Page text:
Served: 1 yr
1943 to October 21, 1944
Elmore was born in Conneaut, Ashtabula County, Ohio was a laborer until 1941, at which time he lost his first wife, Maggie Pressley, to Tuberculosis. By the end of 1941 he was a Special Policeman with an unknown agency or municipality and married a widowed minister, Ellie Willie Lee. During 1943, he was appointed as a Hamilton County Special Deputy and they resided 933 West Seventh Street in Cincinnati.
On October 18, 1944, Deputy Pressley was assigned to Valley Homes, an unincorporated Lockland subdivision and now a part of Lincoln Heights. That night, he responded to 9885 Douglas Walk to assist two boys (11 and 14 years old) locked out of their home. While assisting them, a man was loudly whistling from across the street. Deputy Pressley asked him to stop and the man replied, “I will whistle if I want and no one will stop me!” Deputy Pressley warned him that he would be over to talk with him when he was finished assisting the boys.
Deputy Pressley could not get the boys into their home, so he walked to the Valley Homes office and retrieved a duplicate key and unlocked the door. The disorderly man was gone.
Having completed his task, he continued his foot patrol, going south on Douglas Walk. At the intersection of North Leggett, at 10:05 p.m., the disorderly man suddenly burst forth with a .22 caliber rifle and yelled, “Throw up your hands, God damn you, for I am going to shoot you!” Instead, Deputy Pressley pulled his sidearm. The man shot and the bullet entered Deputy Pressley just above the navel and exited his back, traversing his liver and a kidney. Deputy Pressley returned fire at the running man. One shot misfired and he later recounted that he believed the other four missed.
Houston & Sons, a Lockland ambulance service, transported Deputy Pressley to Good Samaritan Hospital. Almost immediately, at 11:19 p.m., he was transferred to General Hospital. Emergency surgery repaired the liver and kidney, but he died three days later, at 3 p.m. on October 21, 1944, from peritonitis of the upper abdomen.
Special Deputy Pressley was survived only by his wife, Ellie Pressley. He wasburied in a single grave, without a marker, in the Union Baptist Cemetery.
The ensuing investigation found that the shooter first ran to 9887 Douglas Walk and tried to force his way into the home. Later, investigators found the rifle at a pawn shop and that it had been pawned by Curless Ammons of 1133 Jackson Street, also in Valley Homes. Ammons told police that Clarence Griffin, also known as John Dudley and James Shaw, came to his home on the night of the shooting and told him that he had just shot a police officer. According to Ammons, Griffin left the rifle outside the home. Investigators determined that the rifle fired the bullet taken from Deputy Pressley’s abdomen.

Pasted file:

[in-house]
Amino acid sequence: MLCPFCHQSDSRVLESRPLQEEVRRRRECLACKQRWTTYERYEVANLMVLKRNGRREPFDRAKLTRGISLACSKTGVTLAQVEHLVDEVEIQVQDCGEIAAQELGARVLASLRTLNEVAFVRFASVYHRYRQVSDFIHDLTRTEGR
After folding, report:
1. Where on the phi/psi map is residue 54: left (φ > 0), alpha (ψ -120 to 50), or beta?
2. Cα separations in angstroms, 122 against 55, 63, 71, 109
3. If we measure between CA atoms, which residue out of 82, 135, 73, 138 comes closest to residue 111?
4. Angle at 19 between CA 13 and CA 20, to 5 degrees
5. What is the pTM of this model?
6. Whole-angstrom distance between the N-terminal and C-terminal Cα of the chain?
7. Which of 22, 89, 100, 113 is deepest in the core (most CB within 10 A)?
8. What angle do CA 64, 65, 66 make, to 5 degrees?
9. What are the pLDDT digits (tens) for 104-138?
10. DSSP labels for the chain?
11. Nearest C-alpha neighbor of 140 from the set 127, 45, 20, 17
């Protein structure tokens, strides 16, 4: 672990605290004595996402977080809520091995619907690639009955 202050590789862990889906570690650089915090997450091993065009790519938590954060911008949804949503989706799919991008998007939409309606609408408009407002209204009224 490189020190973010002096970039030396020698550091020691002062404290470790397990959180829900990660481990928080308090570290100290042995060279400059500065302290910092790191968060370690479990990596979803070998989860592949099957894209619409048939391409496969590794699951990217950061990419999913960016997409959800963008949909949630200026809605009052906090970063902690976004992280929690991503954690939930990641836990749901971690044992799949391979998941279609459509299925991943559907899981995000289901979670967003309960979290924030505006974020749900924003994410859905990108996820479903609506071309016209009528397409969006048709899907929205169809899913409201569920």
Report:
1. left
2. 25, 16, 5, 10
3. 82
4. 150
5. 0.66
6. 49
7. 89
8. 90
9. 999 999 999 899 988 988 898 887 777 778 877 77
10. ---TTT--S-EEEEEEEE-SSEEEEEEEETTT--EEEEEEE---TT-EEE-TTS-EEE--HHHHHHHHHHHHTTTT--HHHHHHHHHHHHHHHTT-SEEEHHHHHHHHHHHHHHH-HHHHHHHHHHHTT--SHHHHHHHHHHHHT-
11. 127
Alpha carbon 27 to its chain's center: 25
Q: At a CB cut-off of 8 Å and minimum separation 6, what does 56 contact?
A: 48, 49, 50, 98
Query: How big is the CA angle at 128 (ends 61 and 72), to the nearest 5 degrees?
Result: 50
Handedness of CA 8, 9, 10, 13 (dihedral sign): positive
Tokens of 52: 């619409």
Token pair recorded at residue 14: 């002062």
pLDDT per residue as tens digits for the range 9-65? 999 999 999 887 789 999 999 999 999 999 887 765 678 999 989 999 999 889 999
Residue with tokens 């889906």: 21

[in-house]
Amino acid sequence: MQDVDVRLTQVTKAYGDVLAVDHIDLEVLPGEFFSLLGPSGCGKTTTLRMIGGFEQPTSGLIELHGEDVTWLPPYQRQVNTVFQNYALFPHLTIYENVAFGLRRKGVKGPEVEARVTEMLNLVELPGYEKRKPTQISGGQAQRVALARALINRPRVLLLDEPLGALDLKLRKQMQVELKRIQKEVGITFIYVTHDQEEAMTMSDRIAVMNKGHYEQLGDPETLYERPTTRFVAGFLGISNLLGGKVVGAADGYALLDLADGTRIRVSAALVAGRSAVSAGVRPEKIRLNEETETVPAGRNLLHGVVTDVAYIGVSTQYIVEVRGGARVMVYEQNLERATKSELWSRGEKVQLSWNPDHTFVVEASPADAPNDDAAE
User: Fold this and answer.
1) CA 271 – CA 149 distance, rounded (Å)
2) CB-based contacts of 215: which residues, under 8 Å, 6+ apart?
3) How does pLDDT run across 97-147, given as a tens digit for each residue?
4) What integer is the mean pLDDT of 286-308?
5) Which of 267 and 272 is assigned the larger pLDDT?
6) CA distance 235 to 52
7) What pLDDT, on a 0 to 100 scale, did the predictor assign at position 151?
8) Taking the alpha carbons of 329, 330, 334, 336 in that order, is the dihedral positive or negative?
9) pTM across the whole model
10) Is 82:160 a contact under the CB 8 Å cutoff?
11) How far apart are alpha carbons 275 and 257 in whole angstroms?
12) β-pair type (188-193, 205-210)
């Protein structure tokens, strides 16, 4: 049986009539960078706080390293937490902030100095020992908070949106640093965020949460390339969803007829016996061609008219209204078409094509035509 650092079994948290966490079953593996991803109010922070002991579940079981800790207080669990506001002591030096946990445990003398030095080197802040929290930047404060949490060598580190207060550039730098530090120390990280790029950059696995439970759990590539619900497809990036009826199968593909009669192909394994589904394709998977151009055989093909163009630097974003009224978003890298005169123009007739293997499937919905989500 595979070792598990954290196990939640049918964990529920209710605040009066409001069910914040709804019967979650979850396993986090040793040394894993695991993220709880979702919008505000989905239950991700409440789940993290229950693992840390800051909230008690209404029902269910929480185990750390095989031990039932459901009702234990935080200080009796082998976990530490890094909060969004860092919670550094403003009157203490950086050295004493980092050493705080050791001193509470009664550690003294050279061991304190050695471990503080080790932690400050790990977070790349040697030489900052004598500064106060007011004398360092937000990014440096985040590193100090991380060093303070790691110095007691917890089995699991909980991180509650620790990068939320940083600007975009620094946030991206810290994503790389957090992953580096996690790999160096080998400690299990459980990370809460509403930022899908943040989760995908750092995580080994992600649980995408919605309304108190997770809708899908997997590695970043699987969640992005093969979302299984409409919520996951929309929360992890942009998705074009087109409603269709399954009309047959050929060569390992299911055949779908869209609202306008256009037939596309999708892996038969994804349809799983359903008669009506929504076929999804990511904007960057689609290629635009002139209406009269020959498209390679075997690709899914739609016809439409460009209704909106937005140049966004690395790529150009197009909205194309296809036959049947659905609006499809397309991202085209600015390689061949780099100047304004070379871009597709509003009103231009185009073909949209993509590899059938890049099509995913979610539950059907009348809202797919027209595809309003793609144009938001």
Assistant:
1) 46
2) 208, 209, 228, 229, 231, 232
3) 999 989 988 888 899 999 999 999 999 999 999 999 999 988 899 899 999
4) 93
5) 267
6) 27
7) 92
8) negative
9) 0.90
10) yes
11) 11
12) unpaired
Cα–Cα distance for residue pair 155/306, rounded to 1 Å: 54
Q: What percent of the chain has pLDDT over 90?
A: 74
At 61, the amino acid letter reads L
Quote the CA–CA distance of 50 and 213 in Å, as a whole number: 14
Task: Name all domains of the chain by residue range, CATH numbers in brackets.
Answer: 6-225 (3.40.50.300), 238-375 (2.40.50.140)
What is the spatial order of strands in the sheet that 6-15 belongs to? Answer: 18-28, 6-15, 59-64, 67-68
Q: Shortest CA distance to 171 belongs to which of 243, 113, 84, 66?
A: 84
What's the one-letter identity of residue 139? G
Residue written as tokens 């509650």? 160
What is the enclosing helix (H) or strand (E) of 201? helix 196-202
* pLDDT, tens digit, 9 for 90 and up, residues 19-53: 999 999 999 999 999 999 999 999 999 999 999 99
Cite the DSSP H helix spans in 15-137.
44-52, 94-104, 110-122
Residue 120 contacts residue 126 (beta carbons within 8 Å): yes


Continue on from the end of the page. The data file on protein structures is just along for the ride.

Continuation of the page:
Five months later, on March 19, 1945, Gary (IN) Patrolmen attempted to arrest a man who was later tentatively identified as Clarence Griffin. The man resisted and the officers were forced to fatally shoot him. A few days later, Griffin’s wife and mother and Special Deputy Sim Thompson traveled to Gary to identify Griffin. On April 3, 1945, his body was exhumed and identified and the Pressley homicide case was closed.
Ellie Pressley never remarried. She died in Drake Hospital 44 years after the murder on January 16, 1988, at the age of 76, and was buried in Vine Street Hill Cemetery.
During April 2010, Greater Cincinnati Police Museum Registrar, Philip Lind, found newspaper articles written at the time of the original incident, thus starting our research and Deputy Pressley’s due recognition. Most of the rest of the research was completed by former FBI Special Agent Stephen Barnett, then Communications Director for the Hamilton County Sheriff’s Office.
On October 4, 2010, the Hamilton County Sheriff’s Office submitted an application to the National Law Enforcement Officer Memorial to have Deputy Pressley’s name added to the Memorial Wall. The Greater Cincinnati Police Museum found no living relatives and arranged with Schott Monument Company for a headstone at no cost.
At 1 p.m. on May 4, 2011, Deputy Pressley’s grave and new monument was rededicated at a ceremony hosted by the Greater Cincinnati Police Historical Society and attended by Hamilton County Sheriff Simon Leis and Interim Cincinnati Police Chief Michael Cureton and 150+ Hamilton County Sheriff’s Officer and Cincinnati Police Department personnel.
On May 13, 2011, Deputy Pressley’s name was added to the National Law Enforcement Memorial.
If you have information, artifacts, archives, or images regarding this officer or incident, please contact the Greater Cincinnati Police Museum at Director@police-museum.org.
© This narrative was revised March 20, 2011 by Cincinnati Police Lieutenant Stephen R. Kramer, Greater Cincinnati Police Historical Society President with information included based on research by SORTA Superintendent Philip L. Lind (Retired), Greater Cincinnati Police Museum Registrar, and FBI Special Agent Stephen Barnett (Retired). All rights are reserved to them and the Greater Cincinnati Police Historical Society and Hamilton County Sheriff’s Office.